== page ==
Members of the Mount Allison Faculty Association are joined by students at the university and faculty from other institutions from across Canada last Friday in a solidarity rally. TOWER PHOTO
Some confusion remains as to whether classes will resume at Mount Allison University on Monday, although the university’s administration says it’s going to happen.
Karen Grant, provost and vice-president academic and research, Mount Allison University, called a press conference this afternoon at 1:30 p.m. to announce the chief negotiators for both the university and the Mount Allison Faculty Association (MAFA) would be meeting with Rick Merrill, assistant director of conciliation and mediation services for the province of New Brunswick, over the weekend to work out the details of the transition back to class.
“As an important starting point, both parties expect classes to resume on Monday, and they both expect to use binding arbitration to resolve outstanding issues.”
Later in the press conference she stated that classes would definitely resume Monday.
New Brunswick’s Post-Secondary Education, Training and Labour Minister Jody Carr confirmed this afternoon that both sides would return to the bargaining table tomorrow with the assistance of the provincial mediator, although he stopped short of saying classes would indeed resume Monday.
“I am encouraged that both parties have agreed to return to the bargaining table tomorrow with the provincial mediator with the objective to end the dispute,” Carr said. “As a government, we respect the collective bargaining process. Our preference has always been that the parties sit down and work together to reach an agreement.
“Our priority is to protect the students' ability to finish their term with the least amount of disruption possible.
“We remain optimistic and hopeful that they will reach an agreement and that students can return to class.”
Confusion first arose late yesterday after the university’s administration and faculty association issued differing statements regarding the status of the strike by full- and part-time faculty at the local institution.
Leading up to this, nearly two days of negotiations under the direction of a provincially-appointed special outside mediator came to a halt yesterday afternoon.
Both the university’s administration and the Mount Allison Faculty Association (MAFA) issued subsequent statements, with the faculty association saying they were proposing voluntary binding arbitration to resolve the dispute, adding this proposal would see students returning to class as early as Monday.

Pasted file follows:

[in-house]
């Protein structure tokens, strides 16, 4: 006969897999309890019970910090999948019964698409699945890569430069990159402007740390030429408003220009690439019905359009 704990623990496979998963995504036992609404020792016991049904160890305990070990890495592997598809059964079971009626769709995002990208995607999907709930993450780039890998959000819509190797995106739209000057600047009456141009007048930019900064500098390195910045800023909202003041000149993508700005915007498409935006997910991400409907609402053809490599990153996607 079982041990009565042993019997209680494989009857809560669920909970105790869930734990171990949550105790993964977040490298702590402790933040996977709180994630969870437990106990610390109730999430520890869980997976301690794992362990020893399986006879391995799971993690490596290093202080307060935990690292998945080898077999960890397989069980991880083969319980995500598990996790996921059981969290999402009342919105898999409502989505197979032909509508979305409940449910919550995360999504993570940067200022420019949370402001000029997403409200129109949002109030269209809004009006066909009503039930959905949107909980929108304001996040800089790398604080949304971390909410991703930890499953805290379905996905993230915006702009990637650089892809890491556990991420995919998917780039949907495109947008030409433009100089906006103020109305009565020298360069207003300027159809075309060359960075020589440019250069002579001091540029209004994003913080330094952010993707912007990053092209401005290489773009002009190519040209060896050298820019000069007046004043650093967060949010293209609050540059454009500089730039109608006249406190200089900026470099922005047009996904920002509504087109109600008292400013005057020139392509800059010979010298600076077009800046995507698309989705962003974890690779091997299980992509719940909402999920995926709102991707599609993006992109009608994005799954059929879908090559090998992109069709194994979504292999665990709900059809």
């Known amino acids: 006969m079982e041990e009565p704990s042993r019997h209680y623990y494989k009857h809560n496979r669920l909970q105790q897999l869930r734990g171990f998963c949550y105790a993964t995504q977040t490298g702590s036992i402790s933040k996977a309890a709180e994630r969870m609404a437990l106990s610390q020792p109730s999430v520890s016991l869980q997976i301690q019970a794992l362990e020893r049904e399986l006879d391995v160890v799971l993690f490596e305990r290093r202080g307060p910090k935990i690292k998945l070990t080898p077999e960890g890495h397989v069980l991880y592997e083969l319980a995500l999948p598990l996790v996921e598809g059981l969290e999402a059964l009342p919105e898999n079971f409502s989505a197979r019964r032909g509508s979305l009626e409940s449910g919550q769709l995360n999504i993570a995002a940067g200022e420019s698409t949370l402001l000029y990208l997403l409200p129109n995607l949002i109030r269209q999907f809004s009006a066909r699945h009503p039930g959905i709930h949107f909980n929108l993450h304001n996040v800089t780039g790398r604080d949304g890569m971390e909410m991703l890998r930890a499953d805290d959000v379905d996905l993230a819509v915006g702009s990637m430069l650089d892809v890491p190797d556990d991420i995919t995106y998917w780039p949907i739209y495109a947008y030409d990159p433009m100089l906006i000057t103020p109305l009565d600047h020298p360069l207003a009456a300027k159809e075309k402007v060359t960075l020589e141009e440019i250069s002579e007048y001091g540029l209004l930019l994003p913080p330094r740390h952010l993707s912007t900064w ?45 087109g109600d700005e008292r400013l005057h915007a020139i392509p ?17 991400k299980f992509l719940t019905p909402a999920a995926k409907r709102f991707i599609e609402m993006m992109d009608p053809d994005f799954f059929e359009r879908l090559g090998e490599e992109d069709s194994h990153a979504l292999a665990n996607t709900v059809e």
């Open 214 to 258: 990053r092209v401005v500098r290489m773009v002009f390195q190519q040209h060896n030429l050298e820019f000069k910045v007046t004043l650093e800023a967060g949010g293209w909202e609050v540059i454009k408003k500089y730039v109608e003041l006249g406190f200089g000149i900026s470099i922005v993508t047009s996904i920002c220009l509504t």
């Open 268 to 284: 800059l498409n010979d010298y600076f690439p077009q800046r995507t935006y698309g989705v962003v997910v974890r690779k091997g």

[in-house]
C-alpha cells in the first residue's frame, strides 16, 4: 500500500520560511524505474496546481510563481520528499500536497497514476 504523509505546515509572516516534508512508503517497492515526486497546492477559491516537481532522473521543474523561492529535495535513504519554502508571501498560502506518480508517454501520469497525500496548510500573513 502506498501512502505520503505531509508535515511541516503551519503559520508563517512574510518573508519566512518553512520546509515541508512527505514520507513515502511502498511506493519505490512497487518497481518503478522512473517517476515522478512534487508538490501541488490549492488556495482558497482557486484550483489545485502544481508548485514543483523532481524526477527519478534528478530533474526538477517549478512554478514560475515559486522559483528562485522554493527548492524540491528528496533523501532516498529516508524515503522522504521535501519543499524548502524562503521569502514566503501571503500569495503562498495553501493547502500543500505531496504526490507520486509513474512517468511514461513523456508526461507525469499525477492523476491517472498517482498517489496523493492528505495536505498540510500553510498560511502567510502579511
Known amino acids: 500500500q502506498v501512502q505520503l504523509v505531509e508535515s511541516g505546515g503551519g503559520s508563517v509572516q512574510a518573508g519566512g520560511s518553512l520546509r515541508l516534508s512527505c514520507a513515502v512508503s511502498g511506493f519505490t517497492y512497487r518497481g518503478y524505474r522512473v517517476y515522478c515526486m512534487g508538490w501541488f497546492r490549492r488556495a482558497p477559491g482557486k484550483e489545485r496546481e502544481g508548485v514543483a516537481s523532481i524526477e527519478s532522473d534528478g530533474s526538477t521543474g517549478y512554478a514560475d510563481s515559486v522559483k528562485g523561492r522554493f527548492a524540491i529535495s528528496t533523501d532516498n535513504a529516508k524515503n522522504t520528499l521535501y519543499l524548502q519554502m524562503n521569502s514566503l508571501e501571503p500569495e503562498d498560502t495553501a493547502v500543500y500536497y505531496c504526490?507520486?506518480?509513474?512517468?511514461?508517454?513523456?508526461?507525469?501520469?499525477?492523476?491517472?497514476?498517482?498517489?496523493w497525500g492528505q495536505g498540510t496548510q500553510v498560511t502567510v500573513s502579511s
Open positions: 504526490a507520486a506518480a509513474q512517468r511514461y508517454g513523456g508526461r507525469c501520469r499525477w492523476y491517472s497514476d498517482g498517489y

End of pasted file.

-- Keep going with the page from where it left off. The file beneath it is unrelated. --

“Although we did not get a deal, mediation was not a wasted effort. Many issues were clarified as a result of the process. We now have a solution to get back to work,” MAFA president Loralea Michaelis said yesterday. “We look forward to a positive response from the administration to our proposal.”
Karen Grant, provost and vice-president academic and research, Mount Allison University, responded late last night, saying Mount Allison University welcomed the faculty association’s acceptance of voluntary binding arbitration, which she said the university had proposed on Friday, Feb. 7.
“This will end the strike and students will return to class on Monday, Feb. 17,” the statement continued. “We look forward to welcoming our students, faculty, and librarians back to campus on Monday.”
MAFA quickly issued a response last night declaring the university’s announcement the strike was at an end was false.
“The Mt. A university community was recently sent a communication from the administration declaring an end to the strike, claiming that MAFA had accepted its proposal for binding arbitration, and announcing the resumption of classes on Monday,” last night’s statement by MAFA said. “This is completely untrue. We have not yet concluded any agreement with the administration on our proposal for binding arbitration, the terms of which are very different from the proposal which the administration made last week.
“The administration cannot declare an end to the strike until these and other related matters have been resolved. In the meantime, MAFA remains on strike.”
MAFA also sent an open letter to Mount A students and their parents this morning.
“We have not yet concluded any agreement with the employer concerning the scope of binding arbitration and the terms under which the strike can be concluded. Without these agreements, there can be no end to the strike.
“There are different kinds of binding arbitration,” the letter continued. “The administration has proposed 'final offer selection', a form of binding arbitration in which each party presents a complete package of proposals and the arbitrator chooses between the two. It is a high risk, ”winner take all” form of arbitration. MAFA is proposing 'interest arbitration' instead, which is much narrower in scope and works through each unresolved issue on its own. Interest arbitration allows for a more balanced settlement, which is more favorable to reestablishing working relations following a labour dispute.”
During today’s press conference, Grant said the type of binding arbitration used would be one of the issues discussed over the weekend.
Although MAFA has yet to issue an official statement, several postings on their Twitter page indicate the open letter they issued this morning remains in effect and there is no guarantee classes will resume Monday.